U.S. Department of Justice
United States Attorney
Northern District of Texas
1100 Commerce St., 3rd Fl.
Dallas, Texas 75242-1699
Telephone (214) 659-8600
Fax (214) 767-0978
FOR IMMEDIATE RELEASE
DALLAS, TEXAS CONTACT: 214/659-8707
APRIL 10, 2003
TEXAS TECH PROFESSOR CHARGED IN 15-COUNT
Jane J. Boyle, United States Attorney for the Northern District of Texas, announced that Thomas Campbell Butler, M.D., a professor at Texas Tech University in Lubbock, Texas, was indicted today by a federal grand jury sitting in Lubbock. The 15-count indictment stems from a January arrest for falsely reporting to FBI agents that 30 vials of plague bacteria (Yersinia pestis) were missing and presumed stolen from his laboratory at the Texas Tech University Health Sciences Center (TTUHSC). Yersinia pestis is the causative agent of human plague.
The indictment charges Butler with illegal importation, smuggling, exportation, and transportation of hazardous materials based on his conduct in transporting and transferring the plague bacteria, as well as making false statements to federal agents investigating the case, and federal agencies charged with administering laws to ensure the health and safety of the public and the accountability of select agents. Select agents, including Yersinia pestis, require special safeguarding and security measures because of their potential use in domestic or international terrorism or other criminal purpose.
The indictment details that on April 14 and 15, 2002, Butler illegally imported and smuggled Yersinia pestis bacteria into the United States from Tanzania on British Airways and American Airlines, without obtaining an import permit from the Director of the Centers for Disease Control and Prevention (CDC) for this etiological agent and infectious substance which is capable of causing human disease, and failed to declare the merchandise on Customs forms as required by law. It is a violation of federal smuggling statutes to facilitate the transportation of smuggled merchandise knowing that the merchandise has been imported into the United States contrary to law.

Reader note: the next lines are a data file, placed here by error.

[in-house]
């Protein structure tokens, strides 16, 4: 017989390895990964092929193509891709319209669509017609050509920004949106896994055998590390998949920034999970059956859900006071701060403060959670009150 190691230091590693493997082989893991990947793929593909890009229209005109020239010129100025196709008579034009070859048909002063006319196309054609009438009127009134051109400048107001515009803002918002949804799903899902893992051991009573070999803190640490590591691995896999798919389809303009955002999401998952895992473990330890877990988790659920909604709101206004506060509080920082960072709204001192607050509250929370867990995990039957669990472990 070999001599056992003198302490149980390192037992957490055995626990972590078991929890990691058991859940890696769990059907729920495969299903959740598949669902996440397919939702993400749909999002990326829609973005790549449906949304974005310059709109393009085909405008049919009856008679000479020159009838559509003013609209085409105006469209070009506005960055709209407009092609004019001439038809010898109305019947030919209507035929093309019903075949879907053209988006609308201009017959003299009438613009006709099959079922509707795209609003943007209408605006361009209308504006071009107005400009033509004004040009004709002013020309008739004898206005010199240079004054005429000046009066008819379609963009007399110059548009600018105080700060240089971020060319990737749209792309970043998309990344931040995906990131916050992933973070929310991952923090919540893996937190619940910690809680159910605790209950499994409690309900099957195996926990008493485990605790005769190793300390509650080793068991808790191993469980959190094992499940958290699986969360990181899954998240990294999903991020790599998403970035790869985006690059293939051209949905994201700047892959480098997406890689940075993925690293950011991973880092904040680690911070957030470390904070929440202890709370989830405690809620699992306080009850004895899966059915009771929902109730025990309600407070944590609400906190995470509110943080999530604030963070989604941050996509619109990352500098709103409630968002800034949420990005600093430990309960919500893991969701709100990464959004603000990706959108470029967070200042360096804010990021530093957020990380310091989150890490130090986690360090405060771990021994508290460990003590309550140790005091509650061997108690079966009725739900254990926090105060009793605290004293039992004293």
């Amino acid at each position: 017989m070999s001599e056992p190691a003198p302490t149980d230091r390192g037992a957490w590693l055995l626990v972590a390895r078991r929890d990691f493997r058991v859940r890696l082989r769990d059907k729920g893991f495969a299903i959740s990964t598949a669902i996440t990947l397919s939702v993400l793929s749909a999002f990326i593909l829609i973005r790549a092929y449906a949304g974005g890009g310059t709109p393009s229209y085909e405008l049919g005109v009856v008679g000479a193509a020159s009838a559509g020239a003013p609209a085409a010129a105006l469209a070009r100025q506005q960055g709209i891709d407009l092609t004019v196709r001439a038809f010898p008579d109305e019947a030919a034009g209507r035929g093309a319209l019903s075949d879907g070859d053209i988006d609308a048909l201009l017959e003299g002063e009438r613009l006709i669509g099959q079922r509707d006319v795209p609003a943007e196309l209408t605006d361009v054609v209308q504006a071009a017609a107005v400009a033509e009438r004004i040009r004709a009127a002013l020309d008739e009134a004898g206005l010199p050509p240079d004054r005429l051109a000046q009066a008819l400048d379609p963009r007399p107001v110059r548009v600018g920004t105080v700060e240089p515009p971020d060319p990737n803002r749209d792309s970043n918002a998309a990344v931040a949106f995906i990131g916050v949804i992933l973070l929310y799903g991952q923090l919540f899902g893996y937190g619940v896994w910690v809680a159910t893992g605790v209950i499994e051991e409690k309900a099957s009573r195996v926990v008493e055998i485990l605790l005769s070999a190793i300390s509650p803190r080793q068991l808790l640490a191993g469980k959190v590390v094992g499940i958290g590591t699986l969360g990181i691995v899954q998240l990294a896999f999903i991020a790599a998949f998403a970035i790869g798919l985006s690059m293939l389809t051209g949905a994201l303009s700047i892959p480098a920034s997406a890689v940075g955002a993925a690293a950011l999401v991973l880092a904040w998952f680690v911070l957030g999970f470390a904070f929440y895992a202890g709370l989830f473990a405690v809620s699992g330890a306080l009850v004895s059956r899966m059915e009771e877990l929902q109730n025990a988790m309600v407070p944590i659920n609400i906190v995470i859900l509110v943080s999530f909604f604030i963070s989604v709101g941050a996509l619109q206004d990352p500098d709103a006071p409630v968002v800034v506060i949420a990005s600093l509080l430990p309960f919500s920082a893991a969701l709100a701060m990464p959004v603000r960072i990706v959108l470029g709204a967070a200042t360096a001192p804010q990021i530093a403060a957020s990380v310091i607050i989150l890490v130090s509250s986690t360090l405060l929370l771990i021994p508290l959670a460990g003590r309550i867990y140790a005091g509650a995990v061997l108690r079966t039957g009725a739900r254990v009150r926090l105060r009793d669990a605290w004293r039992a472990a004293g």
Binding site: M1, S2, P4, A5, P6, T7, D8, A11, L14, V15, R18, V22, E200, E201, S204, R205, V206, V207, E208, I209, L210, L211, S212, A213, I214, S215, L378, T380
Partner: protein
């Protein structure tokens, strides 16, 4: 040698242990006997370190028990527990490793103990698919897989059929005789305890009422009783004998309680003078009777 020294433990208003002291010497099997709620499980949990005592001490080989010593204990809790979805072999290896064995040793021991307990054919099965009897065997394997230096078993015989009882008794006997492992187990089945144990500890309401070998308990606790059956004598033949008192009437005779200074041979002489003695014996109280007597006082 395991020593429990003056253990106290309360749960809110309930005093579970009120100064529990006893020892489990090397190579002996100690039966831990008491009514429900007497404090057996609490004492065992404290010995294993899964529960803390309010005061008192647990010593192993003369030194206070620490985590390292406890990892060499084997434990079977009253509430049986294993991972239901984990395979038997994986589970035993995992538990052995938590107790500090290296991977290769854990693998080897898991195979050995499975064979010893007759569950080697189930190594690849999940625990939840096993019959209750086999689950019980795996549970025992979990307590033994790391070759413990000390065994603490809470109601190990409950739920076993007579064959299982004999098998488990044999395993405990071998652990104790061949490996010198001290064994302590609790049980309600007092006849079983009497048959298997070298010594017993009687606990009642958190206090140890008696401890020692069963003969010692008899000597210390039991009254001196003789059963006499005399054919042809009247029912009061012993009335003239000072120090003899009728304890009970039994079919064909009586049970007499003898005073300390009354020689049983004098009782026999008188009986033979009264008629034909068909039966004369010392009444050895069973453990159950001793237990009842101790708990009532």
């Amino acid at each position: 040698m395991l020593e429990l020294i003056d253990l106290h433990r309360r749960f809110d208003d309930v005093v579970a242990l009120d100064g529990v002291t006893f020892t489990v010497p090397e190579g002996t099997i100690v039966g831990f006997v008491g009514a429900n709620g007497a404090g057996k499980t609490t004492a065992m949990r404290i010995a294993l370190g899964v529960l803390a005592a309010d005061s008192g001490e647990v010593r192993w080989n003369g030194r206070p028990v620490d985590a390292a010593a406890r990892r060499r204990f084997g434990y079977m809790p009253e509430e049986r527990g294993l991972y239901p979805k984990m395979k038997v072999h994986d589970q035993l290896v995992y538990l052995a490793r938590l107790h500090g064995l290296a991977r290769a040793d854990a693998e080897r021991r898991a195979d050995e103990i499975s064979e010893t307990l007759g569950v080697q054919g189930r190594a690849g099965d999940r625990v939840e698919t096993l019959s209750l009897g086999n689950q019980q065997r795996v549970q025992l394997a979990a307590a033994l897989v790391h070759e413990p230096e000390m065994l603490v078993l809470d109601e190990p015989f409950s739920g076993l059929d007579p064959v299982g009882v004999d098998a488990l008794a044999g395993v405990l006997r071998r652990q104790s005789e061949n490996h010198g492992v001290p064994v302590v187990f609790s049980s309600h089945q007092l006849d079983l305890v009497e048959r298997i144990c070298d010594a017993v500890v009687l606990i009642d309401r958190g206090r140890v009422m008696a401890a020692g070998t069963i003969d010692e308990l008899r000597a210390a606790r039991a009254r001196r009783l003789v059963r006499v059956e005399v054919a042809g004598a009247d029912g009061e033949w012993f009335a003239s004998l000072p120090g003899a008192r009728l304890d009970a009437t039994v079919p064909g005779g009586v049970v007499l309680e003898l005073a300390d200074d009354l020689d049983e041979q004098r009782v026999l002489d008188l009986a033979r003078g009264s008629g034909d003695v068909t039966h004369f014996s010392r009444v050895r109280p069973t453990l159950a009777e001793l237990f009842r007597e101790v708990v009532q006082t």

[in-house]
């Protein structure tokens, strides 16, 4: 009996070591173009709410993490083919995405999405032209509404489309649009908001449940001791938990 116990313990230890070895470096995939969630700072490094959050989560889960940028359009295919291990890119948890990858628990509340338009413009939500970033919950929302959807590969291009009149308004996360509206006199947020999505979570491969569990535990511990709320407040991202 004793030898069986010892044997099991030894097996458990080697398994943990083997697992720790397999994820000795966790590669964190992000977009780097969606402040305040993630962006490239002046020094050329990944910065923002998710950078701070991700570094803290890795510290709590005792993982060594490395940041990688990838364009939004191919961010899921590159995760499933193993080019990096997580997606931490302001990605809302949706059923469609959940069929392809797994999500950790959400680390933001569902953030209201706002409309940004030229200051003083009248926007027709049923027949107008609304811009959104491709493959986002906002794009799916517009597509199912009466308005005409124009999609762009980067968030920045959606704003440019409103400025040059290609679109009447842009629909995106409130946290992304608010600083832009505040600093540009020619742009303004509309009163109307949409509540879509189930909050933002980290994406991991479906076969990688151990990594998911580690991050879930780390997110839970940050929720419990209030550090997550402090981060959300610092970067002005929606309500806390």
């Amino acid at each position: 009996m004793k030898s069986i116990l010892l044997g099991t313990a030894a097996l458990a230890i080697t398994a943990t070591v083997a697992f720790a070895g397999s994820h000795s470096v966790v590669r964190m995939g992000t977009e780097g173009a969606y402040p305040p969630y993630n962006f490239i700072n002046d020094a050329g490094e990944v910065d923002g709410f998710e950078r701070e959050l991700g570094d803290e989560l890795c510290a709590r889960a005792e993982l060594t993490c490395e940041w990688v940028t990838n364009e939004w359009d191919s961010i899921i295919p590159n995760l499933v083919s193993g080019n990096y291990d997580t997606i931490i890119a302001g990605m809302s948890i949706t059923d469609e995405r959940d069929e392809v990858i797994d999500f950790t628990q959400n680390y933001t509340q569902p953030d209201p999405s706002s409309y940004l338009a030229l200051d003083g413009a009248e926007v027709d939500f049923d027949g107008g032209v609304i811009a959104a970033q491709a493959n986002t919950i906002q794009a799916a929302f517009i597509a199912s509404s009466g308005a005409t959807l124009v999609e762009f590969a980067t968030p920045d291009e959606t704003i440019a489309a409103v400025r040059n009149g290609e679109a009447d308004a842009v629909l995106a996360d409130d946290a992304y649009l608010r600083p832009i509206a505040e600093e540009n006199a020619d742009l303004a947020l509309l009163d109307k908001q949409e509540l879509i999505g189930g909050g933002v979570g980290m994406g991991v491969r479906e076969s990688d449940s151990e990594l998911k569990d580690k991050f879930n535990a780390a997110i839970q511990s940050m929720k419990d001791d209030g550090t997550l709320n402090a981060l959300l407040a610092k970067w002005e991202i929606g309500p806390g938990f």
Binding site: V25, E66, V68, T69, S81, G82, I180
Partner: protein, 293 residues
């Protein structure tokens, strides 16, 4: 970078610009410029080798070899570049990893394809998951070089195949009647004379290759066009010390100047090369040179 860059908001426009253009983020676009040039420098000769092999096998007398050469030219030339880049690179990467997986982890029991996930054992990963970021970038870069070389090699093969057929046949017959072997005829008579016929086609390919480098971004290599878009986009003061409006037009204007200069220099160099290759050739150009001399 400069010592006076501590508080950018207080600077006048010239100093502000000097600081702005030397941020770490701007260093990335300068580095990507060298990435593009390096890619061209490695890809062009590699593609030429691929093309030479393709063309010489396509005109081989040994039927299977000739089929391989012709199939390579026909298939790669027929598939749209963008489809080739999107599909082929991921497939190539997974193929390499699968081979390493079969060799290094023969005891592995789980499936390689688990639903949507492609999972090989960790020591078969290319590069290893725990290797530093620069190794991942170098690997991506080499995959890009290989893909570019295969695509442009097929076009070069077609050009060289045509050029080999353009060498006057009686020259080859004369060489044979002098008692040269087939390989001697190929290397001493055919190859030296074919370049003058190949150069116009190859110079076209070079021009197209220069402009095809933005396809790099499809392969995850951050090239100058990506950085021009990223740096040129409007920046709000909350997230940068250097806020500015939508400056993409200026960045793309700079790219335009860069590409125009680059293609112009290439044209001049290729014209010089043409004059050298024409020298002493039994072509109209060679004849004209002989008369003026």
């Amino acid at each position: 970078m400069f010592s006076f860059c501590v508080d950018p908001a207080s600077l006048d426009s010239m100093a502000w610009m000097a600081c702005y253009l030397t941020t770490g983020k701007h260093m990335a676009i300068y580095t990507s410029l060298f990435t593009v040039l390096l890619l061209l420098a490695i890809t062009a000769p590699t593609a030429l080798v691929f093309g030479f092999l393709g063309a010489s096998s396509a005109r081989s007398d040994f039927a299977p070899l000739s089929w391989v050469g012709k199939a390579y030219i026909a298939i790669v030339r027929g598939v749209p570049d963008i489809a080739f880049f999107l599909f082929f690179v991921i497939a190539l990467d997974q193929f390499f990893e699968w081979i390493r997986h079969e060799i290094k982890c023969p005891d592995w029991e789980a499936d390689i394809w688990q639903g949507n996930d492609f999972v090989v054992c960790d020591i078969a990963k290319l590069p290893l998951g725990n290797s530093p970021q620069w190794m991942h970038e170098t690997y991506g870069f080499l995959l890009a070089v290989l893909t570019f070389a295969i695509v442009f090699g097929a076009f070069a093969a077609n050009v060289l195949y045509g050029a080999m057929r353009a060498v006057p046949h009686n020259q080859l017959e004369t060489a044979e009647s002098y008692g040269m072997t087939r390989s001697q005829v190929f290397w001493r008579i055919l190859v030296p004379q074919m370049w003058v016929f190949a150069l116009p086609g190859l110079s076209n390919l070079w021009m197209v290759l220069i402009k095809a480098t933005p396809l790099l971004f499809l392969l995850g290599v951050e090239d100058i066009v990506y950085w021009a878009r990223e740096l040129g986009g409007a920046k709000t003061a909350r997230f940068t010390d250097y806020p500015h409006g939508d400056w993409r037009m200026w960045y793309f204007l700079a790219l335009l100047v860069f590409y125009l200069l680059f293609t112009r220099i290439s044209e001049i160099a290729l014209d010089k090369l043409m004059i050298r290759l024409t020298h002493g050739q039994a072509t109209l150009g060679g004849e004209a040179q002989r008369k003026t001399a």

The indictment further alleges that Butler on three subsequent occasions transported and transferred the smuggled bacteria and in so doing violated federal laws. First on June 23-24, 2002, Butler is alleged to have illegally transported Yersinia pestis bacteria to the CDC at Fort Collins, Colorado, via private vehicle. Secondly, between September 9 and 12, 2002, Butler is alleged to have illegally exported 30 vials of Yersinia pestis via Federal Express to Dar Es Salaam, Tanzania, utilizing Federal Express without obtaining an export permit from the U.S. Department of Commerce, in violation of the International Emergency Economic Powers Act (IEEPA). Thirdly, the indictment alleges that between October 1 and 3, 2002, Butler transported the smuggled Yersinia pestis onboard American Airlines to the United States Army Medical Research Institute of Infectious Diseases (USAMRIID), at Fort Detrick, Maryland. The indictment further alleges that Butler's conduct in offering hazardous material for transportation in commerce by air violated regulations promulgated to protect the public from the risks to life and property inherent in the transportation of hazardous materials. The Hazardous Materials Transportation Act (HAZMAT) requires that any person transporting a hazardous material in air commerce ensure that the hazardous material is properly classified, documented, described, labeled, marked, packaged, and in condition for transportation. The hazardous material must also be accompanied by emergency response information for the protection of first responders. The term "hazardous material" includes infectious substances affecting humans, such as the Yersinia pestis bacteria.